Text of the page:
Breastfed babies may become smarter teens
- Friday, June 26th, 2009
A number of studies have linked breastfeeding to higher childhood IQ, but questions remain about whether the benefit comes from breast milk, per se. Mothers who choose to breastfeed may, for instance, be more educated, have higher IQs or provide a generally more stimulating environment for their babies.
The new study, based on a national survey of U.S. high school students and their parents, included 191 sibling pairs in which one had been breastfed and one had been formula-fed.
Comparing such siblings helps control for hard-to-measure factors, like parents' intelligence and the family environment that may account for the link between breastfeeding and school performance.
The researchers found that even between siblings, breastfeeding did appear to make a difference. On average, breastfed siblings had a 12 percent to 14 percent higher grade point average (GPA) in high school, and were somewhat more likely to go to college.
What's more, GPA tended to inch upward with each additional month of breastfeeding, as did the odds of attending college, according to findings published in the Journal of Human Capital.
Much of the connection seemed to be explained by higher intelligence scores and better physical health among teenagers who had been breastfed.
"Our results suggest that there are two important pathways through which breastfeeding may affect educational attainment -- through improvements in cognitive ability and health," Joseph J. Sabia, one of the researchers on the work, told Reuters Health.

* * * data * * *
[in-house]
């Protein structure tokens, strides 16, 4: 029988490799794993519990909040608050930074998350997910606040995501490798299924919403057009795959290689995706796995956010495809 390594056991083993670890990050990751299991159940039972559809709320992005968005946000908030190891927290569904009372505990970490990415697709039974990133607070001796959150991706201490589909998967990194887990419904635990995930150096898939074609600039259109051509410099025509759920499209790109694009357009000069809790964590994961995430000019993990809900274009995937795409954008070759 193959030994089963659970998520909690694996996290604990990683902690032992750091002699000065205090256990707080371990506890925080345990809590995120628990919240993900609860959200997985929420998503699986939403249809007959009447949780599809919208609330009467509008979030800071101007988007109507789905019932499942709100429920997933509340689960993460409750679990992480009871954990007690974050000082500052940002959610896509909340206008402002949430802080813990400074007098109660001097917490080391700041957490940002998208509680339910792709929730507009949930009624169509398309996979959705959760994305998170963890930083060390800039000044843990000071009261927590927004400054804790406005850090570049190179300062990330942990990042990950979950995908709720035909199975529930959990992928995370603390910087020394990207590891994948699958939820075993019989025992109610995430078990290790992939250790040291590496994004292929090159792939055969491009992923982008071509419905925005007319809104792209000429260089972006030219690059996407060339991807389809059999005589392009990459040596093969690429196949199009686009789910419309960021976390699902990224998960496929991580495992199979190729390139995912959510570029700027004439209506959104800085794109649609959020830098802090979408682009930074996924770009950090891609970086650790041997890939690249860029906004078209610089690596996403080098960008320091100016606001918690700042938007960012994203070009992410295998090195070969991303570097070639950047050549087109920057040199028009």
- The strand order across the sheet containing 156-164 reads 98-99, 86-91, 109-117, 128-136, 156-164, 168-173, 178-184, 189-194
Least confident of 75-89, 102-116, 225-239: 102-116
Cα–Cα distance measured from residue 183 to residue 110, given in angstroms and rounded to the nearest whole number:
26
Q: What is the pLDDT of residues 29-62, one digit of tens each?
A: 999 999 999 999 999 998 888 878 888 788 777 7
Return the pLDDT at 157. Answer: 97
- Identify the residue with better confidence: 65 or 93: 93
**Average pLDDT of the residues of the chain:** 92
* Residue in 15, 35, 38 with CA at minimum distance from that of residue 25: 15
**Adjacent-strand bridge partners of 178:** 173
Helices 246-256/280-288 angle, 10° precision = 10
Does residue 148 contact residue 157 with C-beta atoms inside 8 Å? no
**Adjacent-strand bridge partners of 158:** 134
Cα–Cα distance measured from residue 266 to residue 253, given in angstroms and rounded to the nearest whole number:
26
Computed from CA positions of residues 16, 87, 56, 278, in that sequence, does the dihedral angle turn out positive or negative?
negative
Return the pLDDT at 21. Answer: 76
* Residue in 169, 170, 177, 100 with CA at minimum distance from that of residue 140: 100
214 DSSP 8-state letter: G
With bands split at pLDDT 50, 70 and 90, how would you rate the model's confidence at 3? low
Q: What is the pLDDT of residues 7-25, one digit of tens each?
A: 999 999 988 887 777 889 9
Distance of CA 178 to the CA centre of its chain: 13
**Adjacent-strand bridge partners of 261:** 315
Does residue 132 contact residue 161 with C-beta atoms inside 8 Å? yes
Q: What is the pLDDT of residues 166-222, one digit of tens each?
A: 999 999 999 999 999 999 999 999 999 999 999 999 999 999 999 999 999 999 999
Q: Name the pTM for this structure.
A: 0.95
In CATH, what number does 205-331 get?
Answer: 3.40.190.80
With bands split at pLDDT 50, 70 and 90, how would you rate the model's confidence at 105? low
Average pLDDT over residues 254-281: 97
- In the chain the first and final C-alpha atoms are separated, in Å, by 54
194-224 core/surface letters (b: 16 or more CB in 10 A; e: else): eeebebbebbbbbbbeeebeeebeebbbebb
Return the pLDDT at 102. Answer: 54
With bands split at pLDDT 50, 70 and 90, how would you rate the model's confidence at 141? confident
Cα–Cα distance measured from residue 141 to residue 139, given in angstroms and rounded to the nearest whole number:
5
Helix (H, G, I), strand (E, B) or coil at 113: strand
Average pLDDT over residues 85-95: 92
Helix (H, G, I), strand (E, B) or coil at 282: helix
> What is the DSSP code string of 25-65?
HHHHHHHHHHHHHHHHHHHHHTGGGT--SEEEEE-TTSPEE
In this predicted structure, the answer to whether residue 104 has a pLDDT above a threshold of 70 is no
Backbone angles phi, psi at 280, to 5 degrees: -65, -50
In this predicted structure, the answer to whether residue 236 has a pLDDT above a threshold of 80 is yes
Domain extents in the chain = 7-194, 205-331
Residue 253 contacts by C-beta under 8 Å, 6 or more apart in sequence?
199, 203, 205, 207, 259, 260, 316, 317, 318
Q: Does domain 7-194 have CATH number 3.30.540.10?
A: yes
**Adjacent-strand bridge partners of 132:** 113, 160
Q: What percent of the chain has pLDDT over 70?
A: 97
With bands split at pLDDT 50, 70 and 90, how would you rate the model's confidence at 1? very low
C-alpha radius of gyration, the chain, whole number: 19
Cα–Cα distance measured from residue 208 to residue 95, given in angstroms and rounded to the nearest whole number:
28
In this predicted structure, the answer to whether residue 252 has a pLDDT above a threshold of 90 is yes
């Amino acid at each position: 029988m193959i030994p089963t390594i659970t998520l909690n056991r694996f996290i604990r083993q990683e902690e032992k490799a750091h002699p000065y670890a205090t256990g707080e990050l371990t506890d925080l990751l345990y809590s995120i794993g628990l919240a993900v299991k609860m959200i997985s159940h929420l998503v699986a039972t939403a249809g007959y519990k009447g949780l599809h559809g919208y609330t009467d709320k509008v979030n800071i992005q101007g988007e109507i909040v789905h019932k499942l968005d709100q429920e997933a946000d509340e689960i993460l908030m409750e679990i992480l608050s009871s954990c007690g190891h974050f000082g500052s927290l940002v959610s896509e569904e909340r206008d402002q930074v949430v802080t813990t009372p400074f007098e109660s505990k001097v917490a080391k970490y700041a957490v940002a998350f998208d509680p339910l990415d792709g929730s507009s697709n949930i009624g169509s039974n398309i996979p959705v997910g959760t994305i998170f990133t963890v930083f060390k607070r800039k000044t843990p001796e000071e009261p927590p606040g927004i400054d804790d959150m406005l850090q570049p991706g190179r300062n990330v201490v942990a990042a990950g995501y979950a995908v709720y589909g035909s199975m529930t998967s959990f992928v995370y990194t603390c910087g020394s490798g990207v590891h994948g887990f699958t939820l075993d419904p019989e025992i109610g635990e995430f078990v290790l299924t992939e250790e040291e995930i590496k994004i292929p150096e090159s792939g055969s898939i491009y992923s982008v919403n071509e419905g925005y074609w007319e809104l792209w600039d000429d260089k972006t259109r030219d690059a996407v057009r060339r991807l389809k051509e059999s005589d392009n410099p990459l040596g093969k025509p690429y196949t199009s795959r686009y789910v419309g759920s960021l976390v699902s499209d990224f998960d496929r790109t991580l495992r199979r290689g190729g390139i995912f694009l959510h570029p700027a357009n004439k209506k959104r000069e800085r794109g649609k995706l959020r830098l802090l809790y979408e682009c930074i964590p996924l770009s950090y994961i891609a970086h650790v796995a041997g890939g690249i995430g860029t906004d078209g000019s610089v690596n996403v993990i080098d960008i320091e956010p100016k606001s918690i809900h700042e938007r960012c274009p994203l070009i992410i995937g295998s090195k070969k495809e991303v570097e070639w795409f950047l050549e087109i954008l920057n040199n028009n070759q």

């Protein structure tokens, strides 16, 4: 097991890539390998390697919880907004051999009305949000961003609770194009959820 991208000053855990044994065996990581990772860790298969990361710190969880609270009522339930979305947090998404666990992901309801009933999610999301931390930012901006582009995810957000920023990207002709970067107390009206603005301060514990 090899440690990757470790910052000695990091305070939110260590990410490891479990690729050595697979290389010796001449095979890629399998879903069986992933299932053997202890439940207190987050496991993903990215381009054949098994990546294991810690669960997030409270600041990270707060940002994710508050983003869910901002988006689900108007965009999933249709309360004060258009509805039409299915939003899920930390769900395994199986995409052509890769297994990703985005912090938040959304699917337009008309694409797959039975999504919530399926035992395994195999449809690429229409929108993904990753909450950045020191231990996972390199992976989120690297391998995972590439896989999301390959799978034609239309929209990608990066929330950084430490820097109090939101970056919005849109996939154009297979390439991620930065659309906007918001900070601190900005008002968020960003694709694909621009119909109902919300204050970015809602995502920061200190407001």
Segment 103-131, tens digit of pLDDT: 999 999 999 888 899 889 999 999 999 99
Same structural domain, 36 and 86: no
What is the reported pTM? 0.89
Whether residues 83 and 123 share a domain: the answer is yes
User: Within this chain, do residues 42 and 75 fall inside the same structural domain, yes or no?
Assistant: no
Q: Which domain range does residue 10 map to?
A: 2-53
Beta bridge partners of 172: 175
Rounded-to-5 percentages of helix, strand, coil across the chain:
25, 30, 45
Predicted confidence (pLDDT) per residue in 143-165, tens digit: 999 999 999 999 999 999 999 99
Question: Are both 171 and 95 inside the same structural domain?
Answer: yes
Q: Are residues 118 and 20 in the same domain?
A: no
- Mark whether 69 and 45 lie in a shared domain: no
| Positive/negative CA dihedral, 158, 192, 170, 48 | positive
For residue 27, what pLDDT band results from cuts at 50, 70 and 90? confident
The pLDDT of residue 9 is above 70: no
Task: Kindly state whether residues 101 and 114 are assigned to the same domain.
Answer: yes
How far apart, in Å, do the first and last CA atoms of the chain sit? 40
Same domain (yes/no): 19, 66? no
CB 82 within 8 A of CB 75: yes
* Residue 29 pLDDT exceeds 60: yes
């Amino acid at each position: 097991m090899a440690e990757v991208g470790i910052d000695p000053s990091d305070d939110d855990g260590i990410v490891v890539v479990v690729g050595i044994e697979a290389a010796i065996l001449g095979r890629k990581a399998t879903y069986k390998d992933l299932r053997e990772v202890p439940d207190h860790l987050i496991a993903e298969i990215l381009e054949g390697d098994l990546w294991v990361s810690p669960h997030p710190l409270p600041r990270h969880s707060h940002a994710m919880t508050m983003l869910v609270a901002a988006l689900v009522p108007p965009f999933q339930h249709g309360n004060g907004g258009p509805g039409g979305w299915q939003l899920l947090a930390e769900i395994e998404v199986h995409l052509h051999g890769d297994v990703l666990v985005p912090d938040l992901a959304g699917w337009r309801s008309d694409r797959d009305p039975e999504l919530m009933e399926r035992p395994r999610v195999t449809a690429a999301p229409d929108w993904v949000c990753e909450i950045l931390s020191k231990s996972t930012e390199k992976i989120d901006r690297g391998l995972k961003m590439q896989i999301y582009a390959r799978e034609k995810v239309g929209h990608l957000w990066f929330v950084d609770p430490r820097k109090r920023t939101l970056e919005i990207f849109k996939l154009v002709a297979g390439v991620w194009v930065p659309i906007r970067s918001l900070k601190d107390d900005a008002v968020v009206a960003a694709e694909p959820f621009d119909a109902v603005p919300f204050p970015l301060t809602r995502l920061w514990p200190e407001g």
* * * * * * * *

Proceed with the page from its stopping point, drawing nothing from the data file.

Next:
"In fact, we find that approximately half of the effect of breastfeeding on high school grades can be explained by these factors," said Sabia, a professor of public policy at American University in Washington, D.C.
However, he added, this study is "just a start," and more research is needed to confirm that breastfeeding itself does in fact benefit children's school performance.
Researchers speculate that if breastfeeding does boost later intelligence, it is likely related to particular fatty acids found in breast milk that aid brain and nervous system development.
In general, experts recommend that infants ideally be breastfed for at least the first year of life, with breast milk as the sole food for the first 6 months.
Sabia said he thinks parents should consider the possible impact on school achievement when making breastfeeding decisions.